Before You Sign That Commercial Lease . . .

Finding commercial office space can be quite a challenge. While there’s certainly real estate available, finding the right office space that satisfies your business needs, fits your business vibe, is conveniently located, offers your business the flexibility to grow and which falls within your budget doesn’t necessarily come easy. And, even if you should find that “perfect” or “close to perfect” office space, you’ll still need to negotiate fair lease terms and work out the language in the final lease agreement before it’s a done deal. You don’t want to blindly sign on the dotted line!

First, negotiate the lease terms with the landlord. If you aren’t a strong negotiator or don’t feel you have the experience to negotiate, seek an experienced and qualified real estate broker who specializes in working for and in the interest of tenants. They should have insight into the real estate market and relationships with buildings and landlords to help you find the right space and negotiate, in good faith, fair terms with the various buildings and landlords.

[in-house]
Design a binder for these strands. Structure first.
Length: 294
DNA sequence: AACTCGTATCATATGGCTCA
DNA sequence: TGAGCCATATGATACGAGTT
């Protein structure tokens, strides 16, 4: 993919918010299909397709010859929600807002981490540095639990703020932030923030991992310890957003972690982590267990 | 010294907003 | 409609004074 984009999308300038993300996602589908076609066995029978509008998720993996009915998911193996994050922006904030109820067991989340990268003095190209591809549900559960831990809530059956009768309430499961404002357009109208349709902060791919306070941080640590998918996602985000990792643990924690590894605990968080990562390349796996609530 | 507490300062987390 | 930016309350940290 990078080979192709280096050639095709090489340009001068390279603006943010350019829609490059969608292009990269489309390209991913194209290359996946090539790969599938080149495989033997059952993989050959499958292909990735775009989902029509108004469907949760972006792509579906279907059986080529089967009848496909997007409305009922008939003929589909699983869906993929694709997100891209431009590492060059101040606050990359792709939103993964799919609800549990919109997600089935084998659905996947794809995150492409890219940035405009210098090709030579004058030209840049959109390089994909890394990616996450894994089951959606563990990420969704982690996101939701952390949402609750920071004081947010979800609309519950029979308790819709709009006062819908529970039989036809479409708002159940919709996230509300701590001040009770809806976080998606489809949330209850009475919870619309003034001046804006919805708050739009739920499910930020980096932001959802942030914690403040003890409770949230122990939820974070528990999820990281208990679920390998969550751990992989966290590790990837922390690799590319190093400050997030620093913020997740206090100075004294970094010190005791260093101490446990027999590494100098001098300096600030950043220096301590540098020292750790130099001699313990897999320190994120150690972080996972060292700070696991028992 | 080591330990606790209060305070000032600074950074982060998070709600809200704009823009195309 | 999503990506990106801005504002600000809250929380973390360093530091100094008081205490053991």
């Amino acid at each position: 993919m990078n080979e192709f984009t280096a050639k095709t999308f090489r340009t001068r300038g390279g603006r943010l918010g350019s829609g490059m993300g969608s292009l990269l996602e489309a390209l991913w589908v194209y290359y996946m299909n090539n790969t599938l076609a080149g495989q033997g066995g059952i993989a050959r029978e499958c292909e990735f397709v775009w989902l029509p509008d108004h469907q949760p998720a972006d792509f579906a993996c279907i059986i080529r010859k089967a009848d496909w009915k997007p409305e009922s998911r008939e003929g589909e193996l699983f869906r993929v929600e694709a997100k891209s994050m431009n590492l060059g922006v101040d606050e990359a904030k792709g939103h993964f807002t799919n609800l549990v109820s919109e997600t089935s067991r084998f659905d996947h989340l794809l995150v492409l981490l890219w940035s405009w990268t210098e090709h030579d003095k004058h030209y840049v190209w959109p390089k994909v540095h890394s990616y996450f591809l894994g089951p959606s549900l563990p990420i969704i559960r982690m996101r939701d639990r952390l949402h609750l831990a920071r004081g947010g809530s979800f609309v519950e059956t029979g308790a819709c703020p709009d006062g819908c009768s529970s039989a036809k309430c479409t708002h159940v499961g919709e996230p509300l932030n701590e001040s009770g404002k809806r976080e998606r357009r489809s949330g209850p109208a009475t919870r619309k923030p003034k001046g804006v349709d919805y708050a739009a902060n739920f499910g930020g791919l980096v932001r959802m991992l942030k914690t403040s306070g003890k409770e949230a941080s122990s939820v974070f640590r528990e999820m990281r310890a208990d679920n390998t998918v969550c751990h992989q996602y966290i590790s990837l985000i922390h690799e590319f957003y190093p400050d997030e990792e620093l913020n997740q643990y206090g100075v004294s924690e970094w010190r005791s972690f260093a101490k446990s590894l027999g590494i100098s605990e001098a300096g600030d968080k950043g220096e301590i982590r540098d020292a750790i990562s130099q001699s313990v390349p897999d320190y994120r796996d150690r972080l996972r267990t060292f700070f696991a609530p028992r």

Keep in mind that there are various factors which may help your negotiating power including, but not limited to: prominence of your business, size and financial position of your business, amount of commercial real estate space you intend on leasing and the length of the lease term (a longer term lease may offer you stronger negotiating power over a shorter term lease).